You might think that Johnson City is named for President Lyndon Baines Johnson—but you’d be wrong. Although it’s the center of many of the Hill Country historic attractions associated with him, the town was actually founded in the late 1870s by James Polk Johnson, a second cousin to the former U.S. president.
Dog-friendly Johnson City Attractions
The Exotic Resort Zoo. It’s unusual for dogs to be permitted in wildlife parks but this private park will permit well-behaved pooches aboard the safari trucks. (Be honest with yourself when you’re considering this one. There’s no way we could take our two dogs on the open-air trams with all these strange and wonderful animals around.) The 137-acre ranch is viewed on guided tours for a look at 80 different species. The 500 animals seen from the open-air safari trams include camel, buffalo, deer, and more. Open daily 9 a.m.-6 p.m. Info: 235 Zoo Trail four miles north of Johnson City on US 281; (830) 868–4357; www.zooexotics.com. Fee.
LBJ National and State Historic Parks. Located between Johnson City and Fredericksburg, these combined parks span 700 acres and comprise LBJ’s Ranch (often called the “Texas White House” during his term) as well as historic areas. Dogs on fixed leashes no longer than six feet are permitted on the LBJ Ranch as well as on the walking trails at the LBJ State Park and Historic Site; they are not permitted inside buildings. You can also take a self-guided driving tour of the ranch, a great way to see a real, working Texas cattle ranch. You’ll also find picnic areas for a stop for you and Fido. Info: US 290 14 miles west of Johnson City; (830) 868-7128; www.nps.gov. Free; there’s a fee if you and your travel partner want to take turns and join in the ranger-led tours of Johnson’s home.
LBJ National Historic Park. This downtown park contains the LBJ Boyhood Home and the Johnson Settlement, rustic cabins and buildings that once belonged to LBJ’s grandfather, a cattle driver, and give visitors a look at the beginnings of the Johnson legacy. Although your dog cannot enter any of the buildings, the two of you are welcome to walk (on a fixed leash no longer than six feet) along the Settlement Trail, a circular trail just under a mile long that winds among the buildings. Info: South of US 290 at Ninth St.; (830) 868-7128; www.nps.gov. Free.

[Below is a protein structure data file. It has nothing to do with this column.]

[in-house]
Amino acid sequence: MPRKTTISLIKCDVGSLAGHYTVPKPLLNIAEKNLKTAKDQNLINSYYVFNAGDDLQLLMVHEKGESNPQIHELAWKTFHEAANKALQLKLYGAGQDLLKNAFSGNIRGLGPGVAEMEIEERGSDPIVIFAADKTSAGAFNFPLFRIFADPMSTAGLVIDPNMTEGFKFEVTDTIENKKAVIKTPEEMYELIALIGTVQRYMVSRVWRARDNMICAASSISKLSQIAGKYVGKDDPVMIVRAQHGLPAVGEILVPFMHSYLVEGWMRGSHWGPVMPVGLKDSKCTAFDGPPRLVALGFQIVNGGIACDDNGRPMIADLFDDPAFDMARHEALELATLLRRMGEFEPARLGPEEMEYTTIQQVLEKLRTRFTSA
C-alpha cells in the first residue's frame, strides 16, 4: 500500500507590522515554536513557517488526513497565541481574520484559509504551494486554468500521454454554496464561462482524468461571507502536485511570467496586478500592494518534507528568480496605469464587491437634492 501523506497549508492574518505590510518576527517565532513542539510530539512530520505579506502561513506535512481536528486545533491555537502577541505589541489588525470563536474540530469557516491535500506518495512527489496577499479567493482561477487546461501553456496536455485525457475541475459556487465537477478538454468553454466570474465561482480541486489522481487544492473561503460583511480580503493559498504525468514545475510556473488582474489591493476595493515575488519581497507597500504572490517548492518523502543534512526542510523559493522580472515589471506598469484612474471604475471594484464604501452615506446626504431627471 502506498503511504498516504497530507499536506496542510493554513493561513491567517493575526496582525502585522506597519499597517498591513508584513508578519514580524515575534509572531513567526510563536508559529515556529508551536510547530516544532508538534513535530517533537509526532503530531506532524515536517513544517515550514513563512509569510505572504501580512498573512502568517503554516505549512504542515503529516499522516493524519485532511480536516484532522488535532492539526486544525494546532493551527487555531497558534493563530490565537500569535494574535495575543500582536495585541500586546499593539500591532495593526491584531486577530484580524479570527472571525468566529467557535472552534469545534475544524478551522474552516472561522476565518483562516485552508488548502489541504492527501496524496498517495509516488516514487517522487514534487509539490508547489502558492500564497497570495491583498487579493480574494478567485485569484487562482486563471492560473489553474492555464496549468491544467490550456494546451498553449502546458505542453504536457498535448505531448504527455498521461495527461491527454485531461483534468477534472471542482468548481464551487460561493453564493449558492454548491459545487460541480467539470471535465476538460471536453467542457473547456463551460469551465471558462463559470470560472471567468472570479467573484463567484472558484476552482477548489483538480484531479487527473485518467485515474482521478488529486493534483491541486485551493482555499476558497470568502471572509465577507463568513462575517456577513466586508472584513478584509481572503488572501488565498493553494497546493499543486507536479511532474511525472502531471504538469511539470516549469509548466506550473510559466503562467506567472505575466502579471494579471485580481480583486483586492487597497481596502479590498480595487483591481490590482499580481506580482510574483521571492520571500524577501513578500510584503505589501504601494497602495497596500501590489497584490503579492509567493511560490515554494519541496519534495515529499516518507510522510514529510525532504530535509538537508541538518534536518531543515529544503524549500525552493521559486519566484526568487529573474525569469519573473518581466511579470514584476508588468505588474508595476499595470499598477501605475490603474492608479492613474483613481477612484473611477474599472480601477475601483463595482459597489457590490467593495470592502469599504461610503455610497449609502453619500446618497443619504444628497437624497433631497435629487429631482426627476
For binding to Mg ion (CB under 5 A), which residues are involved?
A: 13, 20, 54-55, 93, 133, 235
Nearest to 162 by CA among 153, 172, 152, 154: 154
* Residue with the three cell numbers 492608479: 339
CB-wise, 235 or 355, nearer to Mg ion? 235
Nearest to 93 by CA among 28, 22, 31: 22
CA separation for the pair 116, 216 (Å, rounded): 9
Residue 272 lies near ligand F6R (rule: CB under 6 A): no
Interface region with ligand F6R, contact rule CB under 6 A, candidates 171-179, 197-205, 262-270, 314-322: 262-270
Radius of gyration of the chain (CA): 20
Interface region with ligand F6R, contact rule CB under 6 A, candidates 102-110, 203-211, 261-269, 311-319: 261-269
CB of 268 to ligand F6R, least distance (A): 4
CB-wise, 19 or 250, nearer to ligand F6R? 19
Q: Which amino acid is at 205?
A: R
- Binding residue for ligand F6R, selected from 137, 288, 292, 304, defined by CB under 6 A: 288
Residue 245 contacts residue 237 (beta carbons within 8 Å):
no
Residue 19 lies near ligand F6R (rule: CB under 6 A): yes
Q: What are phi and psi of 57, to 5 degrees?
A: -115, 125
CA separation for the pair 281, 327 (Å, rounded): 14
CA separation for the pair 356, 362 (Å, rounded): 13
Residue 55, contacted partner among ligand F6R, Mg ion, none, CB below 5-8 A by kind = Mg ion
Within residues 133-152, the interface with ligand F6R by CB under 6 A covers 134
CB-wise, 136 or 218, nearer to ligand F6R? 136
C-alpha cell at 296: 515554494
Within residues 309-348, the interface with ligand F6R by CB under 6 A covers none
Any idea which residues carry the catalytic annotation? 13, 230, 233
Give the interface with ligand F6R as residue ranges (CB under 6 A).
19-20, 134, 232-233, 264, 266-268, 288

*DogTipper Choice Pedernales Falls State Park. This state park is one of our all-time favorite getaways with our dogs. Although dogs (and people) are not permitted on the cascading falls for which the park is named, you’ll find plenty of downstream fun beneath the cypress trees. Enjoy a day of swimming and wading with your dog as well as picnicking, camping, and hiking. Note: this park can experience dangerous flash floods. If you notice even a slight rise in the river, you should get to higher ground immediately. The park has sirens to warn of an approaching flash flood but stay alert to changing conditions. Info: 2585 Park Rd. 6026; (830) 868-7304; www.tpwd.state.tx.us. Fee.
Sniff Out More Information
Johnson City Convention and Visitors Bureau; (830) 868–7684; www.johnsoncity-texas.com.
For more on traveling in Texas with your dog, please order a copy of our DogTipper’s Texas with Dogs guidebook!